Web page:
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How Snow Makers Work

By: Tom Harris & Talon Homer  | 

Getting the Perfect Mix

Snow-making machines, China snow sculpture
Snow-making machines are used to make artificial snow in preparation for the 33rd Harbin Sun Island International Snow Sculpture Art Expo Nov. 28, 2020, in Harbin, China. VCG/VCG via Getty Images

So, we've seen that the basic idea of snow guns is pretty simple. Actually making snow can be a bit more complex, however. The wet bulb temperature has to be low enough, and snow-makers must carefully balance the levels of water and air to get the desired results.

There are all different kinds of snow. The main difference between snow types is how much water a certain volume of snow holds. Snow-makers often talk about dry snow and wet snow. Dry snow has a relatively low amount of water, so it is very light and powdery. This type of snow is excellent for skiing because skis glide over it easily without getting stuck in wet slush.

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Wet snow also plays an important role on ski slopes, however. Resort owners use this denser snow to build up the snow level on well-traveled trails. Many resorts build up the snow depth this way once or twice a year, and then regularly coat the trails with a layer of dry snow throughout the winter. Natural snow tends to be drier and more powdery than machine-made snow, but most ski runs are a mix of both.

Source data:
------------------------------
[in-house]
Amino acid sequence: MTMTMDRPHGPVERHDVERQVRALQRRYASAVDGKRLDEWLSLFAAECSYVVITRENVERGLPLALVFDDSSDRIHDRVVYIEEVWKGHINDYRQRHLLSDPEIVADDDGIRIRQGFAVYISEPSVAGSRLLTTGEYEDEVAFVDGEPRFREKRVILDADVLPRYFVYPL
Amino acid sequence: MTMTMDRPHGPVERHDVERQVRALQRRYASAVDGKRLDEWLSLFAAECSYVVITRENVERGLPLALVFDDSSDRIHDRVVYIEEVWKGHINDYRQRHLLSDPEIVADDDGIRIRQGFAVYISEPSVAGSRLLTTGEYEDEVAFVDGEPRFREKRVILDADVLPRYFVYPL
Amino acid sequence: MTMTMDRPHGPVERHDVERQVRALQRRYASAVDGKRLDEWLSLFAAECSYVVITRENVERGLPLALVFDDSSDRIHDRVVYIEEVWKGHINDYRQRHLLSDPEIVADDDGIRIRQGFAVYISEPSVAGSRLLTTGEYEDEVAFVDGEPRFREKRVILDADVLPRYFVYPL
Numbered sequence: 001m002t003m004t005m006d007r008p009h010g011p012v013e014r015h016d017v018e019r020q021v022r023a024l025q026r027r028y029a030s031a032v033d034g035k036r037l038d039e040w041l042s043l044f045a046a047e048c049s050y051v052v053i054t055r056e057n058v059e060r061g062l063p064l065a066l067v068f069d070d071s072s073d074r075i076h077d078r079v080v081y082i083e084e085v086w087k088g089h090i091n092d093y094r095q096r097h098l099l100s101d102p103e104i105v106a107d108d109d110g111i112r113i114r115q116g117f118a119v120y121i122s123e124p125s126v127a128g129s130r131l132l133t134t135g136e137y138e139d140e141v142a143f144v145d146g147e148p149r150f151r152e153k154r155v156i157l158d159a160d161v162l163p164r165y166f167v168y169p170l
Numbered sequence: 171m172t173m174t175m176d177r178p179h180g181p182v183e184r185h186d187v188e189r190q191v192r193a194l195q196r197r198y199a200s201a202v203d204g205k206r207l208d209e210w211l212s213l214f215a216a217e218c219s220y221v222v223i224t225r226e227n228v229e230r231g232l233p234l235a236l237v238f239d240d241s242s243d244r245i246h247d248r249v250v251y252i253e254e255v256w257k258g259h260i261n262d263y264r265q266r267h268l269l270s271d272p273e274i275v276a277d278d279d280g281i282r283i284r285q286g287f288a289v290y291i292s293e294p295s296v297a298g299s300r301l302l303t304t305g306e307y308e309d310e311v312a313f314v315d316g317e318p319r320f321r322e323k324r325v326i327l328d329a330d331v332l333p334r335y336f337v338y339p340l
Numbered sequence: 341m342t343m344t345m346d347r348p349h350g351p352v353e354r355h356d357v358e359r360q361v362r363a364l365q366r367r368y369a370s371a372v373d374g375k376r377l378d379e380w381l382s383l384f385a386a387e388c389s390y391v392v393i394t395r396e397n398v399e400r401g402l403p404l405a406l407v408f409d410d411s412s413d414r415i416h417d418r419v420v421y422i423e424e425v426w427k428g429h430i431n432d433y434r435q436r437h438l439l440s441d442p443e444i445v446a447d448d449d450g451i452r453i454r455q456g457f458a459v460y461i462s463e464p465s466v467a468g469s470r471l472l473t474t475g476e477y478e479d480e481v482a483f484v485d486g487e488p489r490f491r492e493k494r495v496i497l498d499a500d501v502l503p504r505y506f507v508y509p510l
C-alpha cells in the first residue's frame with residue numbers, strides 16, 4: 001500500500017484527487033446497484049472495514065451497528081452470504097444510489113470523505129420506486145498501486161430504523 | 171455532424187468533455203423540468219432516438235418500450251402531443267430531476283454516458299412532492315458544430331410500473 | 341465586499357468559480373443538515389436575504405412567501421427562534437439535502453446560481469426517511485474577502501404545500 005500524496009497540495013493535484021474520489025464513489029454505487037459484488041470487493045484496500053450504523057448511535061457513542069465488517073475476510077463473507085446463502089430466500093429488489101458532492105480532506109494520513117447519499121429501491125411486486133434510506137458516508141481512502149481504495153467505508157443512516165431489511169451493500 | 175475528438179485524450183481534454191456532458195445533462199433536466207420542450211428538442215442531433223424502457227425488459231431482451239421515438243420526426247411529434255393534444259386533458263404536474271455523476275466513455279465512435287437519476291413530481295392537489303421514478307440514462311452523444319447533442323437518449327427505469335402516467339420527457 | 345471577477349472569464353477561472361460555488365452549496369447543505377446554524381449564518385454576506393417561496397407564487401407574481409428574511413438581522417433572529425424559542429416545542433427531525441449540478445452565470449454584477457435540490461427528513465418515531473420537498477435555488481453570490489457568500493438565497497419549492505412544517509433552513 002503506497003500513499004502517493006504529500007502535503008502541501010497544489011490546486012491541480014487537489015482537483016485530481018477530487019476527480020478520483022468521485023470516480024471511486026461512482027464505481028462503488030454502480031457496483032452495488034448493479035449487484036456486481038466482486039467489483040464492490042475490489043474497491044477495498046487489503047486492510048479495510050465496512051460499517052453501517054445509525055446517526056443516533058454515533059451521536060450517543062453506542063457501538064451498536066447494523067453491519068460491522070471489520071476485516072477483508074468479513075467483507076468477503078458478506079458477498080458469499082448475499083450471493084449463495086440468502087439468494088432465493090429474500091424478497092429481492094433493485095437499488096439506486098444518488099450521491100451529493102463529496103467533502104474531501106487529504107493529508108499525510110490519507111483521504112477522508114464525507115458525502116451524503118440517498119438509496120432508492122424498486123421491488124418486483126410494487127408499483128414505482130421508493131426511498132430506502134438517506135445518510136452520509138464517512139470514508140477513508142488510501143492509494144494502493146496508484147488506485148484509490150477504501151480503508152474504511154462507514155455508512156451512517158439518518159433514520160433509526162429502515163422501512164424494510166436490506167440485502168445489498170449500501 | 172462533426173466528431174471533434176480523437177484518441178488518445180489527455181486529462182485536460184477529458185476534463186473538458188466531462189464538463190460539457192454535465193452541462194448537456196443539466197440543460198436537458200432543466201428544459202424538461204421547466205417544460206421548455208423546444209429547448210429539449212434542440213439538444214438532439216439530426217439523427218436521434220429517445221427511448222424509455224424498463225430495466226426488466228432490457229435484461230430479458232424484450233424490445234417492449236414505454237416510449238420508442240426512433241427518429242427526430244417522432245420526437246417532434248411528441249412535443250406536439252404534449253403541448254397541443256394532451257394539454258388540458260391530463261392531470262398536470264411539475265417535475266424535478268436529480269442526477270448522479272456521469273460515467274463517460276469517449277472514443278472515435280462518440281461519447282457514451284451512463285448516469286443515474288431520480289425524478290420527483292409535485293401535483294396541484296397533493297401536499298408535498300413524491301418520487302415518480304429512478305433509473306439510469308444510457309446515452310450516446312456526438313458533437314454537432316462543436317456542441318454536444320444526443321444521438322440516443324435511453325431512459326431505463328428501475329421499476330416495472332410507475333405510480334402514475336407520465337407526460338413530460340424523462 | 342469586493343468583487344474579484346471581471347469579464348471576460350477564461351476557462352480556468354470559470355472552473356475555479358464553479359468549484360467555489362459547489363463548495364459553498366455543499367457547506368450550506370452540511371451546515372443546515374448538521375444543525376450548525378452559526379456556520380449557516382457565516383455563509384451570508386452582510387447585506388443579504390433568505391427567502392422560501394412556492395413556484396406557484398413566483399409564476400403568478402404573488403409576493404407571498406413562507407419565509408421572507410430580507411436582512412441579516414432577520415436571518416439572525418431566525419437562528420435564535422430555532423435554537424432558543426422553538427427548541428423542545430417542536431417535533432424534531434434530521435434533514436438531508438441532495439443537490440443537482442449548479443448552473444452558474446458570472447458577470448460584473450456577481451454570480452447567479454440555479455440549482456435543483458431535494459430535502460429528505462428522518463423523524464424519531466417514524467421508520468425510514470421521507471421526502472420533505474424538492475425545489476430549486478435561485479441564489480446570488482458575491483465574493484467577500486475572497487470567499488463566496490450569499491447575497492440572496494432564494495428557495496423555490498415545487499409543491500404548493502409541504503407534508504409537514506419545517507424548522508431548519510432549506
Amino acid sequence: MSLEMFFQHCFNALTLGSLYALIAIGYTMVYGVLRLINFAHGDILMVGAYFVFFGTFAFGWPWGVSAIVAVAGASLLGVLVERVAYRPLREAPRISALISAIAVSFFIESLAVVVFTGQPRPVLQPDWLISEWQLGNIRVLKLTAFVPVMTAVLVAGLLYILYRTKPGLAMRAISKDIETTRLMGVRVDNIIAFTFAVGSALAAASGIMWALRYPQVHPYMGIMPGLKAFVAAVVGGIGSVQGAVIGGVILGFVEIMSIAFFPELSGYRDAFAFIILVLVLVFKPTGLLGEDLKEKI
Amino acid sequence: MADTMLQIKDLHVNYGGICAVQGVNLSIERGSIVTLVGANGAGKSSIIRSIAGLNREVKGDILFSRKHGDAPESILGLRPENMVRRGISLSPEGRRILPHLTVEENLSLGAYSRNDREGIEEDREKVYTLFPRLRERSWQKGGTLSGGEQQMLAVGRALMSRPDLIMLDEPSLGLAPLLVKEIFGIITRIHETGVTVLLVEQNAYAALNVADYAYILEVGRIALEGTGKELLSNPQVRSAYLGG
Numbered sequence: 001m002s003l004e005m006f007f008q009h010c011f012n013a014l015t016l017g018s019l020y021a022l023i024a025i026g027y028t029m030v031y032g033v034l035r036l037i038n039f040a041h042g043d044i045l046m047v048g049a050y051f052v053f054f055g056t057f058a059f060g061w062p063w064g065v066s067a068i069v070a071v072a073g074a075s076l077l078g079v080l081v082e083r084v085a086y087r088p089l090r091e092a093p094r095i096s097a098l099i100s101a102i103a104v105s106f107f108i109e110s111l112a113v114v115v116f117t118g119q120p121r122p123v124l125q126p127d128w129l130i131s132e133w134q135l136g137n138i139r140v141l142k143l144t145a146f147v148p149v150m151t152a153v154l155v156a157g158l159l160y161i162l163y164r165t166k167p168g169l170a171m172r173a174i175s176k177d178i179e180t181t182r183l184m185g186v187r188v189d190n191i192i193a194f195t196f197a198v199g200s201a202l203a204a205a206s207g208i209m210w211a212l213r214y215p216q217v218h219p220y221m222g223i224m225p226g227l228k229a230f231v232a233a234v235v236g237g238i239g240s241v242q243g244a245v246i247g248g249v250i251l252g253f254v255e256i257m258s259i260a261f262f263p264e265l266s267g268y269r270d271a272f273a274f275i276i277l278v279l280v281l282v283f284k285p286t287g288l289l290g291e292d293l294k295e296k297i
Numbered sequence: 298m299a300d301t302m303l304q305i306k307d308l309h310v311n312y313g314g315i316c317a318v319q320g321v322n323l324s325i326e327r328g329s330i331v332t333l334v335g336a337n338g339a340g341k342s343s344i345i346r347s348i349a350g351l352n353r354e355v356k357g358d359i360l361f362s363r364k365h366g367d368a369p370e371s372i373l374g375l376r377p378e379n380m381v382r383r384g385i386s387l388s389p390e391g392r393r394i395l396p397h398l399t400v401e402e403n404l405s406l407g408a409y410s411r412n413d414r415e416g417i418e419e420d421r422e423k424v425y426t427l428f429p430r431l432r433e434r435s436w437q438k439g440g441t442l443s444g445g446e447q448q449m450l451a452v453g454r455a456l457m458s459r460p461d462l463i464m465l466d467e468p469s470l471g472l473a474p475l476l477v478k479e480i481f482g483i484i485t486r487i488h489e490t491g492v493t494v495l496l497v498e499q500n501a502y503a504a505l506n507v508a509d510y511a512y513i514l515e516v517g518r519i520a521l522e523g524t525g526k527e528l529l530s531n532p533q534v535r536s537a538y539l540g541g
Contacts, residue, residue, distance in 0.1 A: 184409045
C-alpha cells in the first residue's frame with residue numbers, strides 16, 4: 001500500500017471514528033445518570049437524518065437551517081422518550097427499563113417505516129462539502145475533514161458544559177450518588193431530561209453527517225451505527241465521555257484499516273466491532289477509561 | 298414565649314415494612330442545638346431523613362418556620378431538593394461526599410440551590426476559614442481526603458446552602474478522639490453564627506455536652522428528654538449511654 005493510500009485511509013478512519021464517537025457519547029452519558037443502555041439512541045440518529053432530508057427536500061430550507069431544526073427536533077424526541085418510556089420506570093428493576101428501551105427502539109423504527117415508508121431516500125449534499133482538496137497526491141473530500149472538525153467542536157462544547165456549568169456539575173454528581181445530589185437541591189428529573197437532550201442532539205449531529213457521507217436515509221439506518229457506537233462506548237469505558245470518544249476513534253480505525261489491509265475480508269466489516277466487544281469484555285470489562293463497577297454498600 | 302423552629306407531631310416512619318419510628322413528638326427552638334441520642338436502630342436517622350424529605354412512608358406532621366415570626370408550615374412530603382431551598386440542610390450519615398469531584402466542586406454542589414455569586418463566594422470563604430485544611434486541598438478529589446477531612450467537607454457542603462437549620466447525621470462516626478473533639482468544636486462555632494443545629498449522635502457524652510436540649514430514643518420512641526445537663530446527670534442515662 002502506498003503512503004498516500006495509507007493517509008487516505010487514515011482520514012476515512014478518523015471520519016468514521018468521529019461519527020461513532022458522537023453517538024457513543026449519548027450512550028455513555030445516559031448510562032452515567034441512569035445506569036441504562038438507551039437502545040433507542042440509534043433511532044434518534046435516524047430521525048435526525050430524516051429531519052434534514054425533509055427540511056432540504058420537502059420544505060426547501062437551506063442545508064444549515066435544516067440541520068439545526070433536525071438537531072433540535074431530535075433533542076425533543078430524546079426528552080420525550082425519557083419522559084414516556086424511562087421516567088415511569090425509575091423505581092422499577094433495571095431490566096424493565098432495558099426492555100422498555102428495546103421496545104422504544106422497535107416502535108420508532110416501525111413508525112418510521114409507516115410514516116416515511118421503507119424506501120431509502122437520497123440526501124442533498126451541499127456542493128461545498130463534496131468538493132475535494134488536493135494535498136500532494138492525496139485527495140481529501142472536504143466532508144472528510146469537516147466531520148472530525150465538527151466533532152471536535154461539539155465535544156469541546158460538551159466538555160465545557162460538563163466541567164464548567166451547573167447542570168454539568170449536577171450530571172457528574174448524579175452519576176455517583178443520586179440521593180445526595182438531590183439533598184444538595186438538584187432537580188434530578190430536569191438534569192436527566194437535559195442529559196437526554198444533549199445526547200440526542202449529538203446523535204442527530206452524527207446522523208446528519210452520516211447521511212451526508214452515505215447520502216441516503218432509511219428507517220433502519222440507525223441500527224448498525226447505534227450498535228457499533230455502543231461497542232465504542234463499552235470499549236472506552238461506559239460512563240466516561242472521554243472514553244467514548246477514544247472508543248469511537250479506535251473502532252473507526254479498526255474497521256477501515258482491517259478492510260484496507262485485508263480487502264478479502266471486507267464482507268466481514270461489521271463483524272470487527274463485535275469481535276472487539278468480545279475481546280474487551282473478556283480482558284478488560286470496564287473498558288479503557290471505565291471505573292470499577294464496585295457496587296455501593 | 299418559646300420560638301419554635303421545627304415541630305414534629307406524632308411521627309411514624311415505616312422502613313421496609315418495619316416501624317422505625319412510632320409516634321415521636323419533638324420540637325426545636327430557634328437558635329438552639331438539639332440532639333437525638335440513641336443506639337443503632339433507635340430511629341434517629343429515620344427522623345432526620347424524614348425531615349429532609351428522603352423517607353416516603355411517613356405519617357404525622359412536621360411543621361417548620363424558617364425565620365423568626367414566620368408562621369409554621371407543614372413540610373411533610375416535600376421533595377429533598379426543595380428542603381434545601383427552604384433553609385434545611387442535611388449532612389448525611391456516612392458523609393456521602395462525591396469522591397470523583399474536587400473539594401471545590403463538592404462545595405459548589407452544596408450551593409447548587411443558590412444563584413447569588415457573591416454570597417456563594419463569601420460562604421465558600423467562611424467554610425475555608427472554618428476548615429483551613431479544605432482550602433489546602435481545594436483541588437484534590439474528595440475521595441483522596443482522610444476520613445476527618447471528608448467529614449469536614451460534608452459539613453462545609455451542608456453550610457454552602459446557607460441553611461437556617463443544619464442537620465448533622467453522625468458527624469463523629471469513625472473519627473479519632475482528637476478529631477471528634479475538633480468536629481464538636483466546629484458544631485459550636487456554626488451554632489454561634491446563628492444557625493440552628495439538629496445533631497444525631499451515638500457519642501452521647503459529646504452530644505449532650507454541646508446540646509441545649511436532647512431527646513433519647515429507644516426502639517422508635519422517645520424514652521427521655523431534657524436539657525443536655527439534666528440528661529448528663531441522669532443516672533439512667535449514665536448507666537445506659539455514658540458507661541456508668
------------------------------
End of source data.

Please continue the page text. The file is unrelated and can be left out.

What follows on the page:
The density, or wetness, of snow is dependent on the temperature and humidity outside, as well as the size of the water droplets launched by the gun. Snow-makers have to adjust the proportions of water and air in their snow guns to get the perfect snow consistency for the outdoor weather conditions. Since temperature and humidity levels vary considerably from point to point on a ski slope, snow-makers have to adjust each machine accordingly.

This process has gotten a little bit easier recently with the introduction of new technology. Many ski slopes now control their snow guns with a central computer system that is hooked up to weather-reading stations all over the slope. The computers make a determination of the best snow-and-air mix based on the temperature and relative humidity at a given point. These systems do not always get the mix right, of course, but they are a great snow-making aid.

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